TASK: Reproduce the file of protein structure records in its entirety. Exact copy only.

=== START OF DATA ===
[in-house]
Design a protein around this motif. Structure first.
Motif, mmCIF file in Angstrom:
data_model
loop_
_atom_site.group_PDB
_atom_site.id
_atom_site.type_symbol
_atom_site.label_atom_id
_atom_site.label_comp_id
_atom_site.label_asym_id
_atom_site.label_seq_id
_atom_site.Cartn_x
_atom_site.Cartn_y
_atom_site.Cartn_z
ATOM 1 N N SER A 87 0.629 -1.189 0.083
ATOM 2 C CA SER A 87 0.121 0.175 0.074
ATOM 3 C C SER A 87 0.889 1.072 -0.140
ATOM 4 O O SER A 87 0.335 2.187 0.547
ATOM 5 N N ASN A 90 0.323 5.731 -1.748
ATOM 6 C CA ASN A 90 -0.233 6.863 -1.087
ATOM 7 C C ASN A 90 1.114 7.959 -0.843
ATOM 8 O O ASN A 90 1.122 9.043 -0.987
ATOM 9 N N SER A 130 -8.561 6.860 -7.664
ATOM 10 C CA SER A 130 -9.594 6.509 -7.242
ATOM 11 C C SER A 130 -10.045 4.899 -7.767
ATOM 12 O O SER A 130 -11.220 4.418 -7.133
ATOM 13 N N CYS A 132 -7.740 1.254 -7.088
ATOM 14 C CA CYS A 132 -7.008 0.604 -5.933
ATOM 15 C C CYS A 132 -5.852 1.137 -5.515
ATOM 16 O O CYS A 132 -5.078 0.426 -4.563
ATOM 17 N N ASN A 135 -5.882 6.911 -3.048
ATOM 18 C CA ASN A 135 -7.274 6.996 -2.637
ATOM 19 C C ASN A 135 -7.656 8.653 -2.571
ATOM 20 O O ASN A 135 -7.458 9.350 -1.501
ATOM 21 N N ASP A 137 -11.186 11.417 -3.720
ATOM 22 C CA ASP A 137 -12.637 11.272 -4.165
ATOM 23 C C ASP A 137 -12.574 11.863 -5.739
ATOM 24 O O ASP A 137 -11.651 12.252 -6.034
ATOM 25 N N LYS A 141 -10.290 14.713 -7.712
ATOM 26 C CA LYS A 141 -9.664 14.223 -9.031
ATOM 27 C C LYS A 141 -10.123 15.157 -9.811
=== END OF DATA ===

[in-house]
Design a protein around this motif. Structure first.
Motif, mmCIF file in Angstrom:
data_model
loop_
_atom_site.group_PDB
_atom_site.id
_atom_site.type_symbol
_atom_site.label_atom_id
_atom_site.label_comp_id
_atom_site.label_asym_id
_atom_site.label_seq_id
_atom_site.Cartn_x
_atom_site.Cartn_y
_atom_site.Cartn_z
ATOM 1 N N SER A 87 0.629 -1.189 0.083
ATOM 2 C CA SER A 87 0.121 0.175 0.074
ATOM 3 C C SER A 87 0.889 1.072 -0.140
ATOM 4 O O SER A 87 0.335 2.187 0.547
ATOM 5 N N ASN A 90 0.323 5.731 -1.748
ATOM 6 C CA ASN A 90 -0.233 6.863 -1.087
ATOM 7 C C ASN A 90 1.114 7.959 -0.843
ATOM 8 O O ASN A 90 1.122 9.043 -0.987
ATOM 9 N N SER A 130 -8.561 6.860 -7.664
ATOM 10 C CA SER A 130 -9.594 6.509 -7.242
ATOM 11 C C SER A 130 -10.045 4.899 -7.767
ATOM 12 O O SER A 130 -11.220 4.418 -7.133
ATOM 13 N N CYS A 132 -7.740 1.254 -7.088
ATOM 14 C CA CYS A 132 -7.008 0.604 -5.933
ATOM 15 C C CYS A 132 -5.852 1.137 -5.515
ATOM 16 O O CYS A 132 -5.078 0.426 -4.563
ATOM 17 N N ASN A 135 -5.882 6.911 -3.048
ATOM 18 C CA ASN A 135 -7.274 6.996 -2.637
ATOM 19 C C ASN A 135 -7.656 8.653 -2.571
ATOM 20 O O ASN A 135 -7.458 9.350 -1.501
ATOM 21 N N ASP A 137 -11.186 11.417 -3.720
ATOM 22 C CA ASP A 137 -12.637 11.272 -4.165
ATOM 23 C C ASP A 137 -12.574 11.863 -5.739
ATOM 24 O O ASP A 137 -11.651 12.252 -6.034
ATOM 25 N N LYS A 141 -10.290 14.713 -7.712
ATOM 26 C CA LYS A 141 -9.664 14.223 -9.031
ATOM 27 C C LYS A 141 -10.123 15.157 -9.811